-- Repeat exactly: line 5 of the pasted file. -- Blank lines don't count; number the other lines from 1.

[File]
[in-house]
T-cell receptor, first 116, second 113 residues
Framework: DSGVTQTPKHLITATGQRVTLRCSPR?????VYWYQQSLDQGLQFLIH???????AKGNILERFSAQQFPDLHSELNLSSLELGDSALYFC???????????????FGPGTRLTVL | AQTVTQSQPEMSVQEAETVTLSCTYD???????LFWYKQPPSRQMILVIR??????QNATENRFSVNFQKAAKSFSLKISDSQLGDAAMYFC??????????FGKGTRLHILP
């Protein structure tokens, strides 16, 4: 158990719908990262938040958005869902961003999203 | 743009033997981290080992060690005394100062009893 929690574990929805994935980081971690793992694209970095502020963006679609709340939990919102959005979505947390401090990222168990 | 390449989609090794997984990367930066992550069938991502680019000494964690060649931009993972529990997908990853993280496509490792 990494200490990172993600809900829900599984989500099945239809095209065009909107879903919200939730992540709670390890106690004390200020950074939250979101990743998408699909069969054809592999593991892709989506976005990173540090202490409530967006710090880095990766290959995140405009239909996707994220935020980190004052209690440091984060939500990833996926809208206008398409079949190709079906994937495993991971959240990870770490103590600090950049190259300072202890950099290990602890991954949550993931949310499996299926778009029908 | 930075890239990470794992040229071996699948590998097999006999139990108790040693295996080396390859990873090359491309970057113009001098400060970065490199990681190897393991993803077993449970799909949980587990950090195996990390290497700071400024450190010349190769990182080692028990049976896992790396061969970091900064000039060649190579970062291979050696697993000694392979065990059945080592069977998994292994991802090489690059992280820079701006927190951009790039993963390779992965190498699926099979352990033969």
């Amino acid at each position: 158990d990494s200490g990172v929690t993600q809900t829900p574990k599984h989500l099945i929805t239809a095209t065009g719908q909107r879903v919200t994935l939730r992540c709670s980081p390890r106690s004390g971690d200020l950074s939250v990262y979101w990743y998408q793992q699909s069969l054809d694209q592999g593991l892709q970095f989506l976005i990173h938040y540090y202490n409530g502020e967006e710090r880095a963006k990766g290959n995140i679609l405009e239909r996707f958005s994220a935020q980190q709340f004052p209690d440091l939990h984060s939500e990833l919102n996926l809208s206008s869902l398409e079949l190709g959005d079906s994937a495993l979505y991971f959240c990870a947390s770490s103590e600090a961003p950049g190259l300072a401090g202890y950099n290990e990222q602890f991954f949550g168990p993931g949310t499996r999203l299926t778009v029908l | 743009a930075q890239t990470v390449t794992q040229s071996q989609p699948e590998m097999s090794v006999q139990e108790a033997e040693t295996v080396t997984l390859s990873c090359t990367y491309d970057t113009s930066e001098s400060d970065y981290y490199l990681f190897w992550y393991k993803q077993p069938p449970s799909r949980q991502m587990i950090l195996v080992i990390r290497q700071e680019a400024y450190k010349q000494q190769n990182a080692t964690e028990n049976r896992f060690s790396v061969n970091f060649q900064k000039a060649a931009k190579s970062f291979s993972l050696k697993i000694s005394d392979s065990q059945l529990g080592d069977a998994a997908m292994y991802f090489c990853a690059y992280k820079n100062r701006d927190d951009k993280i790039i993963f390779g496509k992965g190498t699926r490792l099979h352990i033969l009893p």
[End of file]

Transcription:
């Amino acid at each position: 158990d990494s200490g990172v929690t993600q809900t829900p574990k599984h989500l099945i929805t239809a095209t065009g719908q909107r879903v919200t994935l939730r992540c709670s980081p390890r106690s004390g971690d200020l950074s939250v990262y979101w990743y998408q793992q699909s069969l054809d694209q592999g593991l892709q970095f989506l976005i990173h938040y540090y202490n409530g502020e967006e710090r880095a963006k990766g290959n995140i679609l405009e239909r996707f958005s994220a935020q980190q709340f004052p209690d440091l939990h984060s939500e990833l919102n996926l809208s206008s869902l398409e079949l190709g959005d079906s994937a495993l979505y991971f959240c990870a947390s770490s103590e600090a961003p950049g190259l300072a401090g202890y950099n290990e990222q602890f991954f949550g168990p993931g949310t499996r999203l299926t778009v029908l | 743009a930075q890239t990470v390449t794992q040229s071996q989609p699948e590998m097999s090794v006999q139990e108790a033997e040693t295996v080396t997984l390859s990873c090359t990367y491309d970057t113009s930066e001098s400060d970065y981290y490199l990681f190897w992550y393991k993803q077993p069938p449970s799909r949980q991502m587990i950090l195996v080992i990390r290497q700071e680019a400024y450190k010349q000494q190769n990182a080692t964690e028990n049976r896992f060690s790396v061969n970091f060649q900064k000039a060649a931009k190579s970062f291979s993972l050696k697993i000694s005394d392979s065990q059945l529990g080592d069977a998994a997908m292994y991802f090489c990853a690059y992280k820079n100062r701006d927190d951009k993280i790039i993963f390779g496509k992965g190498t699926r490792l099979h352990i033969l009893p």